Skip to content. | Skip to navigation

Personal tools
You are here: Home topics Institutions Agriculture and Fisheries Council

Agriculture and Fisheries Council

25 September 2009
by inadim -- last modified 26 September 2009

The Agriculture and Fisheries Council is, together with the General Affairs and External Relations Council and the Ecofin Council, one of the Council's oldest configurations. It brings together once a month the Ministers for Agriculture and Fisheries and the European Commissioners responsible for agriculture and rural development, fisheries and maritime affairs, as well as consumer health and protection.


While agriculture has largely been covered by the Common Agricultural Policy (CAP) since 1960, with fisheries incorporated in the Common Fisheries Policy (CFP) since 1983, the first joint measures in this sector date from 1970. Management of the CAP and its budget are divided into two: firstly, the agricultural markets (1st pillar) bringing together all the Common Market Organisations (CMOs), and secondly, rural development (2nd pillar).

Under the heading "agriculture and fisheries", the Agriculture and Fisheries Ministers, assisted generally by the relevant Commissioners, Ms Fischer Boel, Mr Borg and Mr Kyprianou, meet on average once a month each year in Brussels – and in Luxembourg during the April, June and October sessions – to discuss and adopt legislative acts concerning those sectors.

The content of the agricultural and fisheries policies essentially involves regulation of the markets, organising production and establishing the resources available, improving horizontal agricultural structures and rural development.

The CAP underwent a thorough reform in June 2003. In future, the most commonly used budgetary instrument should be the single farm payment based on reference periods, which is decoupled from production in the case of livestock farming, arable crops and milk, and is conditional upon meeting criteria such as respect for the environment and animal welfare.

CFP legislation was also revised in December 2002. The principal changes brought about by this reform are the abolition of public aid for fleet renewal after 31 December 2004, the introduction of recovery plans for stocks below safe biological limits and management plans for stocks within safe biological limits, and the increase in premiums for the scrapping of vessels to achieve further reductions in fishing effort as a result of the recovery plans adopted for the period from 2003 to 2006.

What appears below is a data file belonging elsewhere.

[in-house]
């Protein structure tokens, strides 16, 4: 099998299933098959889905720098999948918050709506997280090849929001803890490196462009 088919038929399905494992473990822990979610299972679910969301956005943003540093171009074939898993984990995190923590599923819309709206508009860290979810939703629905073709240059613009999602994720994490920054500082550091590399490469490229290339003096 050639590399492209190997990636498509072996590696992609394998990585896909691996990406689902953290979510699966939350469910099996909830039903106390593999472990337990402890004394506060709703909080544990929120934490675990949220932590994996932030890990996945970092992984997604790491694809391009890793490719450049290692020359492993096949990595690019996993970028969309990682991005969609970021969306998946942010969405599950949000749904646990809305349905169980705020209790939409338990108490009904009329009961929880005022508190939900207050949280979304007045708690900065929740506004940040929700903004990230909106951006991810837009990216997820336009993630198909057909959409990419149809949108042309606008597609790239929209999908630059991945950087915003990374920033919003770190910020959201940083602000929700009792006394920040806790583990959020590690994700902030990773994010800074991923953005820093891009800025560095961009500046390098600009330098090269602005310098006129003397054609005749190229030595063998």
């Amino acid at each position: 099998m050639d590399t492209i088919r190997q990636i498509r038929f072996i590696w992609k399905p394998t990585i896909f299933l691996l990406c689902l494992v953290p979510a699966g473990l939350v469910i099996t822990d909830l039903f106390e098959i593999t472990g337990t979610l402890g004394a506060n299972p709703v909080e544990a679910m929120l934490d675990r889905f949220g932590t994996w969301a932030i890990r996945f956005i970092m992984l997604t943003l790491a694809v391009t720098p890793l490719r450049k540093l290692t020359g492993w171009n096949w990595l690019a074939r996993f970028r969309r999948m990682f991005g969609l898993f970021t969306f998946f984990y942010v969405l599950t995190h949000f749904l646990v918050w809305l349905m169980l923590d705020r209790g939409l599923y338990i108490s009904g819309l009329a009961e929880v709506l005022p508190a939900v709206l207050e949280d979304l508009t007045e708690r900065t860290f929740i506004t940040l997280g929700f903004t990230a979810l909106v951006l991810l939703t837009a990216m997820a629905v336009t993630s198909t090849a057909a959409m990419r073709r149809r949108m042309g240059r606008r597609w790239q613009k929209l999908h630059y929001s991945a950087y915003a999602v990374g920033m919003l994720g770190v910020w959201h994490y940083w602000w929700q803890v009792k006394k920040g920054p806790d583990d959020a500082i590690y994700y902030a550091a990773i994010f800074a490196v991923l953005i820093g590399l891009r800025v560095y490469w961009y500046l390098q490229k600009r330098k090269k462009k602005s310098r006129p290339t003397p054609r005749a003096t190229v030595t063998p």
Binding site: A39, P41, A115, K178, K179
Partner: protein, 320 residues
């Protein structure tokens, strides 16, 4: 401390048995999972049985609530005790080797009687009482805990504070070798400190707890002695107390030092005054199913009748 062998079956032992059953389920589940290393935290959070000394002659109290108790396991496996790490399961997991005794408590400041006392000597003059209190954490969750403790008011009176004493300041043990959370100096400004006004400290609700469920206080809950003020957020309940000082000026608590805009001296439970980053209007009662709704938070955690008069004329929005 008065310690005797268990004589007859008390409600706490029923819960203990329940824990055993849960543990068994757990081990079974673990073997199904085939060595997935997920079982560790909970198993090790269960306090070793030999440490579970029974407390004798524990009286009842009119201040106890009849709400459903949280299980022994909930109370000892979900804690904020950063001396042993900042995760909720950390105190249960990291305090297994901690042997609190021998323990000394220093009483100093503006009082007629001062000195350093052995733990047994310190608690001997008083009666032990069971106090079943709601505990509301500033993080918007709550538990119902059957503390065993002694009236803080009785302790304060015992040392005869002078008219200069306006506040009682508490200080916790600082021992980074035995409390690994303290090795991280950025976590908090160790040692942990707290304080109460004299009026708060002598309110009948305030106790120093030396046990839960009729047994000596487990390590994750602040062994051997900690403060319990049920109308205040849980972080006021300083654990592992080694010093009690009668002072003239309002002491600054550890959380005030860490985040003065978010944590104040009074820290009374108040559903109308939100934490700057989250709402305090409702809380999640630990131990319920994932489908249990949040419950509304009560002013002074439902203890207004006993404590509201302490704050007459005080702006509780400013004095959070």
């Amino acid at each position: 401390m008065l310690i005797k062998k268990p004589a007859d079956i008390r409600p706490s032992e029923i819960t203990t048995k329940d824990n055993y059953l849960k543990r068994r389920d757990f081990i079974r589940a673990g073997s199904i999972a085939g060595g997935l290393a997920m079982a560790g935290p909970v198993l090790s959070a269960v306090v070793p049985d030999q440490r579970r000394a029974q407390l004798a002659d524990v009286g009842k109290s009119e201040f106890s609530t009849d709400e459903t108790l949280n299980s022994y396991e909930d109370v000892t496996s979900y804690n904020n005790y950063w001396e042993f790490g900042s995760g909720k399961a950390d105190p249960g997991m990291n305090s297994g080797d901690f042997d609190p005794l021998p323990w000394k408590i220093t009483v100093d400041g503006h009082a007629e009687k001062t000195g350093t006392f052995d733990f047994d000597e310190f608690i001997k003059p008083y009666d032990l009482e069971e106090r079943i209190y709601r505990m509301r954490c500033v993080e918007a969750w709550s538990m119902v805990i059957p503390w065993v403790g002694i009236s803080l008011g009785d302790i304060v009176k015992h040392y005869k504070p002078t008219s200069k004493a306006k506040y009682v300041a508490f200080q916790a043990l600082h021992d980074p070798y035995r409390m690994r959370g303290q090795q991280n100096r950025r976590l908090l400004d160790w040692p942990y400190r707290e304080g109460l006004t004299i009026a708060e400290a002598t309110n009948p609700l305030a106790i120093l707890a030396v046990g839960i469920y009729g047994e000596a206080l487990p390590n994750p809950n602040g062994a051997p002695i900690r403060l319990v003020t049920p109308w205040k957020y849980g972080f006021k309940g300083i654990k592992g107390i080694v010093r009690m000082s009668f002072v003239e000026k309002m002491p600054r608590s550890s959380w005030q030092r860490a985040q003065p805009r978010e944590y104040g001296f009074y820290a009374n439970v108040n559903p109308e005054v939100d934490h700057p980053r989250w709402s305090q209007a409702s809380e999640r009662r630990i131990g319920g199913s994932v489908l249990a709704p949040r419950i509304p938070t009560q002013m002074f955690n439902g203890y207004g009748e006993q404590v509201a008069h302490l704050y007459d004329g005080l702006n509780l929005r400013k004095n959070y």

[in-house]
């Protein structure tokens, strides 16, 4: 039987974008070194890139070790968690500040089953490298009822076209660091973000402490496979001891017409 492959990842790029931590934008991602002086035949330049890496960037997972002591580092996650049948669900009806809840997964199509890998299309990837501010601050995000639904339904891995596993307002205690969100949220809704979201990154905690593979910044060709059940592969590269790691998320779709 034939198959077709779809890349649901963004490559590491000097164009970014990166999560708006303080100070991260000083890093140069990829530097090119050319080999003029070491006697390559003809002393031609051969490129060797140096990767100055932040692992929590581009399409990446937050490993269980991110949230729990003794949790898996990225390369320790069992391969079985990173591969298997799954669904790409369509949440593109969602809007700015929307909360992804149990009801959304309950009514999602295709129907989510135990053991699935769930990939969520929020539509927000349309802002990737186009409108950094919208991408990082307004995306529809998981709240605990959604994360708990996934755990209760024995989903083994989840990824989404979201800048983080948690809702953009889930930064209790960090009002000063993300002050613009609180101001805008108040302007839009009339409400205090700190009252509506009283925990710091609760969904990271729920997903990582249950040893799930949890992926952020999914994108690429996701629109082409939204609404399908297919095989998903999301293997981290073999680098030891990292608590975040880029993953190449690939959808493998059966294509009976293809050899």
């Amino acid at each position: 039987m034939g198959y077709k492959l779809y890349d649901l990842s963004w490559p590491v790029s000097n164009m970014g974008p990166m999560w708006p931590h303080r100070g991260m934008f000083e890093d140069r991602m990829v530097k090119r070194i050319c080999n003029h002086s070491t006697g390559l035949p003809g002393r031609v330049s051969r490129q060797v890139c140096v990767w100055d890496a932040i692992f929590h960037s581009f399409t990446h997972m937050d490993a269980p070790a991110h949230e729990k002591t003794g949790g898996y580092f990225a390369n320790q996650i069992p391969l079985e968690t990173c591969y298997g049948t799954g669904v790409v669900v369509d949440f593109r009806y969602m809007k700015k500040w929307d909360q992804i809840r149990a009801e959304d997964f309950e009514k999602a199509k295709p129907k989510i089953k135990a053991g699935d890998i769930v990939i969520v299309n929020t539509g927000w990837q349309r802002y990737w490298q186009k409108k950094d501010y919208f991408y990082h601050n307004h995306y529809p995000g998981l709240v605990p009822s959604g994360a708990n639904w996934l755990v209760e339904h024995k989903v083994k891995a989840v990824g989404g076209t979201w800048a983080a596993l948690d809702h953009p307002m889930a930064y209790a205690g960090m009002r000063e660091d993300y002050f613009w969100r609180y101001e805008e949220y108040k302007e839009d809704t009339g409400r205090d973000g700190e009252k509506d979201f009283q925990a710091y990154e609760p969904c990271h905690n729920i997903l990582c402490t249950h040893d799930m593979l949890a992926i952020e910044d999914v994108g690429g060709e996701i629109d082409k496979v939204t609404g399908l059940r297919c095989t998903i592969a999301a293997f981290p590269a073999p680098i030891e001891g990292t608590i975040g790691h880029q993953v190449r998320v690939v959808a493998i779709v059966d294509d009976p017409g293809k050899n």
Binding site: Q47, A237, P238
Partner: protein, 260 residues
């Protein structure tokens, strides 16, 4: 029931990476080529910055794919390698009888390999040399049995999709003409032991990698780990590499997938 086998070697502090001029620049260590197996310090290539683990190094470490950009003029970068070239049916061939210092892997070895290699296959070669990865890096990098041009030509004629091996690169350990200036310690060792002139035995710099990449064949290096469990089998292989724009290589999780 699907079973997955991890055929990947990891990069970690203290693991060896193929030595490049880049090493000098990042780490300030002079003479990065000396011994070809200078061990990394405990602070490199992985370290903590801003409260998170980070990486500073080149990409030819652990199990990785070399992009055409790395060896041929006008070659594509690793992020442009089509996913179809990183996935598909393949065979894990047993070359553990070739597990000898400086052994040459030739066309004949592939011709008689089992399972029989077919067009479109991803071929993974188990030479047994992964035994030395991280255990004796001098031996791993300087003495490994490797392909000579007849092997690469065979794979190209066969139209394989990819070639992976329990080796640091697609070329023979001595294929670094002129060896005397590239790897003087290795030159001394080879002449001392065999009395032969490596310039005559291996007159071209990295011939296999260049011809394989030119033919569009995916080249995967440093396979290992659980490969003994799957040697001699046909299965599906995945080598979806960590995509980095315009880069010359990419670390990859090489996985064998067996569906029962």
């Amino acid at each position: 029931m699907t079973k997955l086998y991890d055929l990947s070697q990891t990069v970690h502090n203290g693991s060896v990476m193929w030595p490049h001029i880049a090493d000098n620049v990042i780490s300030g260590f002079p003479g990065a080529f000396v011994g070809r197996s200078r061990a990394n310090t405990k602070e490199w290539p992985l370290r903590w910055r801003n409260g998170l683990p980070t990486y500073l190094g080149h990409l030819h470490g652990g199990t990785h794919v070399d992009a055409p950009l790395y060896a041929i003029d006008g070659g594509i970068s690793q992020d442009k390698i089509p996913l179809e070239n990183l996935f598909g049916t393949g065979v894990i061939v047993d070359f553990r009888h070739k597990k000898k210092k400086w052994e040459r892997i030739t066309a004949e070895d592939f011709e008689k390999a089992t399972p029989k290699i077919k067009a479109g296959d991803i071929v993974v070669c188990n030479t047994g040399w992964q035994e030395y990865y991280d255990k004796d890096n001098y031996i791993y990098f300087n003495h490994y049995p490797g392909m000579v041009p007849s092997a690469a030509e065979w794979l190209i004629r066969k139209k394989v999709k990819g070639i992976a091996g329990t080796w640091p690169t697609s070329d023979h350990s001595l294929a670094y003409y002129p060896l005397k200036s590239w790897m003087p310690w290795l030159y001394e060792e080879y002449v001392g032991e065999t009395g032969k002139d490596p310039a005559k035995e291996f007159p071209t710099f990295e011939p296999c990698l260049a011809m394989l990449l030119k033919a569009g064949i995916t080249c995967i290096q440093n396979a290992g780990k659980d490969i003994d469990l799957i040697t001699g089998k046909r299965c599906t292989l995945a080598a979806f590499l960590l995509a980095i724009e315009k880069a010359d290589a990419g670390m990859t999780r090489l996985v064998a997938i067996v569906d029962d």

Agriculture and fisheries are two of the European Union's integrated Community policies, with decisions taken at European level by the Council and a "communitarised" budget for each policy, i.e. decisions on the financing of measures are taken in the Council on the basis of a European budget (about EUR 45 billion) that is separate from the national budgets.

The proceedings of the Agriculture and Fisheries Council are prepared by 12 working parties spanning 45 subdivisions according to products (e.g. Working Party on Arable Crops (Rice)) or areas (e.g. Working Party on Horizontal Agricultural Questions, Agrimonetary Questions). The dossiers are then studied either by Coreper or by the Special Committee on Agriculture (SCA) before being forwarded to the Council. Coreper usually deals with fisheries and food safety issues and agri budgetary questions. As regards acts concerning agricultural markets and rural development, a special structure, the SCA, was established at the beginning of the 1960s to take account of the highly technical nature of these dossiers.

The agricultural and fisheries policies are governed by Title II (Agriculture) of the Treaty establishing the European Community (TEC). This Title sets outs the objectives of the CAP in Article 33, describes the Common Market Organisations (CMOs) in agriculture in Article 34 and lays down the voting procedures in Article 37. Acts concerning food safety are governed by Titles XIII and XIV (Public health and consumer protection) of the Treaty. In this area the Council decides by qualified majority, either in consultation with the European Parliament (agriculture and fisheries) or by codecision (food safety).

Source: Council of the European Union